The spread of COVID in China and a complete end of restrictions related to the virus should eventually support a resurgence of activity in that country.
In the U.S., the hundreds of billions of dollars in new subsidies and incentives contained in two federal bills—the Bipartisan Infrastructure Law and the Inflation Reduction Act—should accelerate the energy transition.
Massive government incentives flowing from these bills are diverting investment from fossil fuel projects toward renewables. Underinvestment in oil infrastructure, including for production from shale deposits, will contribute to upward pressure on prices. Meanwhile, reluctance to develop new interstate pipelines in the U.S. will limit the growth of the natural gas industry, despite strong demand from abroad as energy supply in Europe is a major issue. Embargoes against Russian energy remain in full force meaning stockpiling during the summer in anticipation of fall and winter may be more difficult in 2023 than in 2022.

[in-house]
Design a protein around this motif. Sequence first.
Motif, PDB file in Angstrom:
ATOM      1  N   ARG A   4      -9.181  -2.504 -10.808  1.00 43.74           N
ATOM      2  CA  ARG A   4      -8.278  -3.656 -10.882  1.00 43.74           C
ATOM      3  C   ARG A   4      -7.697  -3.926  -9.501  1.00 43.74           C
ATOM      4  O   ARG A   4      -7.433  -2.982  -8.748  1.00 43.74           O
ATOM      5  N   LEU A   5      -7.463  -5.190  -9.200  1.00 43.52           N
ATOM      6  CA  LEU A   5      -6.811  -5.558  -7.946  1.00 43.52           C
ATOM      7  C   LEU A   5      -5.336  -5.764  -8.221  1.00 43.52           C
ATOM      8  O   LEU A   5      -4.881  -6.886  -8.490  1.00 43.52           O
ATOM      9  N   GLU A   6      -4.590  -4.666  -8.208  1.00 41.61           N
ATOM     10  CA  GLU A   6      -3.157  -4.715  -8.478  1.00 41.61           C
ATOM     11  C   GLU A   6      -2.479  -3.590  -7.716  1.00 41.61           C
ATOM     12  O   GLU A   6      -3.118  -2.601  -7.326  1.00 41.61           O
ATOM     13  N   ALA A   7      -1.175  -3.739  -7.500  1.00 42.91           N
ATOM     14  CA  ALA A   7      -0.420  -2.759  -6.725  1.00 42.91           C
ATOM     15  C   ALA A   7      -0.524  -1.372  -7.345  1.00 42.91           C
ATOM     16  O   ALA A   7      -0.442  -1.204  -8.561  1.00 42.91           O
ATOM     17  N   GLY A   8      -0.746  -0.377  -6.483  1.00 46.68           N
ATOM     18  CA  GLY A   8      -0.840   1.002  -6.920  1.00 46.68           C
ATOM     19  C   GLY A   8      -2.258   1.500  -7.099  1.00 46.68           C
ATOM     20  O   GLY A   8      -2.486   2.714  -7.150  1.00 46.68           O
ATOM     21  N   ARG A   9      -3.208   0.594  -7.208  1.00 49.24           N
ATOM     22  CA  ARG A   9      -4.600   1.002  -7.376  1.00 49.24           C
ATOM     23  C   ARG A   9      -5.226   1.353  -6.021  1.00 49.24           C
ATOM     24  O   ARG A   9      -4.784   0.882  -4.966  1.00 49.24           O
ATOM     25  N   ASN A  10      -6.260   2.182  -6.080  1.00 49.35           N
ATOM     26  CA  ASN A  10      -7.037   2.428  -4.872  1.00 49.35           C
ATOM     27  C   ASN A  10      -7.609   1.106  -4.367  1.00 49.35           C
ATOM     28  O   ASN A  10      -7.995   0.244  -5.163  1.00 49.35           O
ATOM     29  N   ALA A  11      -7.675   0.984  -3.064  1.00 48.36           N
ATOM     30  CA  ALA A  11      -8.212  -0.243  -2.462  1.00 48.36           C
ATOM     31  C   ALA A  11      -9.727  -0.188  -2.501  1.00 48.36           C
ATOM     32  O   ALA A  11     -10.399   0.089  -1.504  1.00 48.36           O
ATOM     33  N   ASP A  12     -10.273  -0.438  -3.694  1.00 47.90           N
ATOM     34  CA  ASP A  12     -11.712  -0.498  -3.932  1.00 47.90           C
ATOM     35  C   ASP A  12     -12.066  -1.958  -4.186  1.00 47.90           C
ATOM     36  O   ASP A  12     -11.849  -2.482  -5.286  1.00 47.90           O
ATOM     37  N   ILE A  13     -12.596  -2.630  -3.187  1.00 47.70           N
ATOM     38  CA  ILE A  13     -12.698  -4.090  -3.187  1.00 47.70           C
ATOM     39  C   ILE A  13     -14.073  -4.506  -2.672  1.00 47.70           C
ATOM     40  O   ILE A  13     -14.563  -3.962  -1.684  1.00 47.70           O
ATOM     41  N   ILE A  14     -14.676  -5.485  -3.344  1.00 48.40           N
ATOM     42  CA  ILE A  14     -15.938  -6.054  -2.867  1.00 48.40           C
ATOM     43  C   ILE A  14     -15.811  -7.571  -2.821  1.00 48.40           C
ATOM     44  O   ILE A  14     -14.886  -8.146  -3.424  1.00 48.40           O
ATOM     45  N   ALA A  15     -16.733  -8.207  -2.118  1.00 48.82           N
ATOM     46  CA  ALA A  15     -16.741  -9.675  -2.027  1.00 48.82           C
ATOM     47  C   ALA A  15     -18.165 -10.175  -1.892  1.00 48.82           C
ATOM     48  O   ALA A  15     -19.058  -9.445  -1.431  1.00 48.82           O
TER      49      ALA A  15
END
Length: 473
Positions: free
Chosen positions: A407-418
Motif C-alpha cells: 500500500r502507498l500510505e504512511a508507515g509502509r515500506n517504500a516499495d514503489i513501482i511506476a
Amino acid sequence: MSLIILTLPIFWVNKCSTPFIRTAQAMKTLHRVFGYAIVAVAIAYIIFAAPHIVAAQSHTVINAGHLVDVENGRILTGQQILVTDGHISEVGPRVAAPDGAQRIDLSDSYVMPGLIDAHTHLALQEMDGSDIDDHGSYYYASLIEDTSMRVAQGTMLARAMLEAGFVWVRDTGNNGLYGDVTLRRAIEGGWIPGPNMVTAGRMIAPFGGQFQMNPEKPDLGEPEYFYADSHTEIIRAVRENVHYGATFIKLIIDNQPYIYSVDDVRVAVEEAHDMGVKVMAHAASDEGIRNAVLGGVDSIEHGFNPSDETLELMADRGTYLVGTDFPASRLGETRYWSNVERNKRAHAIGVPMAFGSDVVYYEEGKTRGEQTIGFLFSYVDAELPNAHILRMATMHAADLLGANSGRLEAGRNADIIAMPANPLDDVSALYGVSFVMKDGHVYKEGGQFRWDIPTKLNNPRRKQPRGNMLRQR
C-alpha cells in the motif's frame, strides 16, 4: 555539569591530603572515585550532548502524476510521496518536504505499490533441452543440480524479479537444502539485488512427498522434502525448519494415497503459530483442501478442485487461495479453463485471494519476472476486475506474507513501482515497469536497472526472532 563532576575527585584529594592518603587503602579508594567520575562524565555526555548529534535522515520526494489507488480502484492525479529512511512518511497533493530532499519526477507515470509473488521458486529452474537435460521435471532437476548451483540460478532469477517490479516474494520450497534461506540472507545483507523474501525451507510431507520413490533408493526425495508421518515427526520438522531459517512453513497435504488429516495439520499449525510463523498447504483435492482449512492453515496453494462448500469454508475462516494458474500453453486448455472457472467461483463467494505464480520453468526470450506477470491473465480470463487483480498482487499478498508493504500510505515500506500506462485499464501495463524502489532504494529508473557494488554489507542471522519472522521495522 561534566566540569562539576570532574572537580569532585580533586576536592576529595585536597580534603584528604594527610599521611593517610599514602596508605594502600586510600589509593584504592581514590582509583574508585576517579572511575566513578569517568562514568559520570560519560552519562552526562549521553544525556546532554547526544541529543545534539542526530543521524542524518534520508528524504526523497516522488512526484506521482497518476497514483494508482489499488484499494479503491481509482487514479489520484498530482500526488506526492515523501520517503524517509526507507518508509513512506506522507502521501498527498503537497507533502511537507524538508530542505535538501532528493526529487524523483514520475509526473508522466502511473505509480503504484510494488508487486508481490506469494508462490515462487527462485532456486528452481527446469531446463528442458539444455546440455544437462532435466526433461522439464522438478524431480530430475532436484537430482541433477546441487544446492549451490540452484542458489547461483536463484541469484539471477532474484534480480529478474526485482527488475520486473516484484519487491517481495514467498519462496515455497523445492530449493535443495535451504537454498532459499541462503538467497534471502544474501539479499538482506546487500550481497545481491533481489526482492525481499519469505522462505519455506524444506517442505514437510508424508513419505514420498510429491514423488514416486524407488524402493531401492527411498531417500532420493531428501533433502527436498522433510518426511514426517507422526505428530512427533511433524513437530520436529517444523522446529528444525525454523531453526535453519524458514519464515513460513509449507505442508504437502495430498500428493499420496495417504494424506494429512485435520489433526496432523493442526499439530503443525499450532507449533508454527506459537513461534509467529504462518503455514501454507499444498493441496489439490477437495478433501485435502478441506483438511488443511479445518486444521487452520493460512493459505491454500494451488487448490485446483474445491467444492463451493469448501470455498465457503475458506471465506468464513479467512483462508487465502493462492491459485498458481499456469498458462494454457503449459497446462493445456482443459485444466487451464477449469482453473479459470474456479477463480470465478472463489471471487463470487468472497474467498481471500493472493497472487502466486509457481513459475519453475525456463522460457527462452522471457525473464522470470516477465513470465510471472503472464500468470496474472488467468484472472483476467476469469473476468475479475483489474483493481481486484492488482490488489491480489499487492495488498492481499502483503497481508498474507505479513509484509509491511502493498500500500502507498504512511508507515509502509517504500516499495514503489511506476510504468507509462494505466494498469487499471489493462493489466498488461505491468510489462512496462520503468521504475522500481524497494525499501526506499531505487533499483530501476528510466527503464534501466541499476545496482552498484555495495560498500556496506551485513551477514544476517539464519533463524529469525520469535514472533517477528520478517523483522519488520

Crude benchmarks could recover as early as the second half of the year to the range of US$90 for WTI and US$100 for Brent. This is in line with the most recent forecasts from OPEC and its allies. OPEC+ sees oil demand increasing by 2.5% in 2023 compared to last year.
Interest rates: It's not over yet
The Bank of Canada has begun to ease up on its rate hikes, but this is still not the end of this cycle of tightening credit conditions. The latest announcement on December 7 brought the policy rate to 4.25%. We expect the rate to reach 4.5% on January 25, an increase of 25 basis points. Admittedly, the risks of a larger 50 basis points rise in January or an additional hike in March have increased. In addition to the higher core inflation data from November, the strong job gains from December and wage growth above 5% are a new source of concerns. The Bank of Canada's January Business and Consumer Outlook Survey will prove to be a key factor for what lies ahead.
Canadian dollar is fairly stable
The Canadian currency has held fairly steady since November, hovering between US$0.73 and US$0.74. However, the loonie could lose more feathers in the coming weeks as the decline in oil prices continues and fears of a global recession materializing weigh on the exchange rate. The spread between U.S. and Canadian rates is expected to widen in the first quarter of the year, which will also favour the U.S. dollar.
Business confidence is stalling
In December, the CFIB's business confidence index for the coming year essentially held steady, moving from 50 to 50.9. This reinforces the idea that businesses will begin 2023 on the lookout.
An indicator of 50 indicates that there is as many business managers expecting conditions to worsen over the next 12 months than there are expecting them to improve.